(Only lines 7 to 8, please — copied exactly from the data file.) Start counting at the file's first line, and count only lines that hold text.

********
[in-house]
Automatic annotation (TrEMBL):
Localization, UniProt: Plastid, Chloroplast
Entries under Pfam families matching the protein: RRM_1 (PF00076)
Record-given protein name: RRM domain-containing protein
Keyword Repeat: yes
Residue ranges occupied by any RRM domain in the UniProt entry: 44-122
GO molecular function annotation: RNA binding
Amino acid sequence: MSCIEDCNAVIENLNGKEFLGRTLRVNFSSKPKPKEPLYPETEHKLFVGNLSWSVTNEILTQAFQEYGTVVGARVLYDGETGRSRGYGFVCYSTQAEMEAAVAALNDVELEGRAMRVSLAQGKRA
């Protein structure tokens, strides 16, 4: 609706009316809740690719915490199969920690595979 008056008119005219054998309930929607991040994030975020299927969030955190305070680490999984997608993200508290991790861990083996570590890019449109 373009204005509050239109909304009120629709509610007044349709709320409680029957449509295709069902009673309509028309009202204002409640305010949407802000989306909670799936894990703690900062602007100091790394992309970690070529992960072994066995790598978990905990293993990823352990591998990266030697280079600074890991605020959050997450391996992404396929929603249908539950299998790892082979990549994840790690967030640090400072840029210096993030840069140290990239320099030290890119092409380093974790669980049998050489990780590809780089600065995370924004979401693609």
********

Residue ranges occupied by any RRM domain in the UniProt entry: 44-122
GO molecular function annotation: RNA binding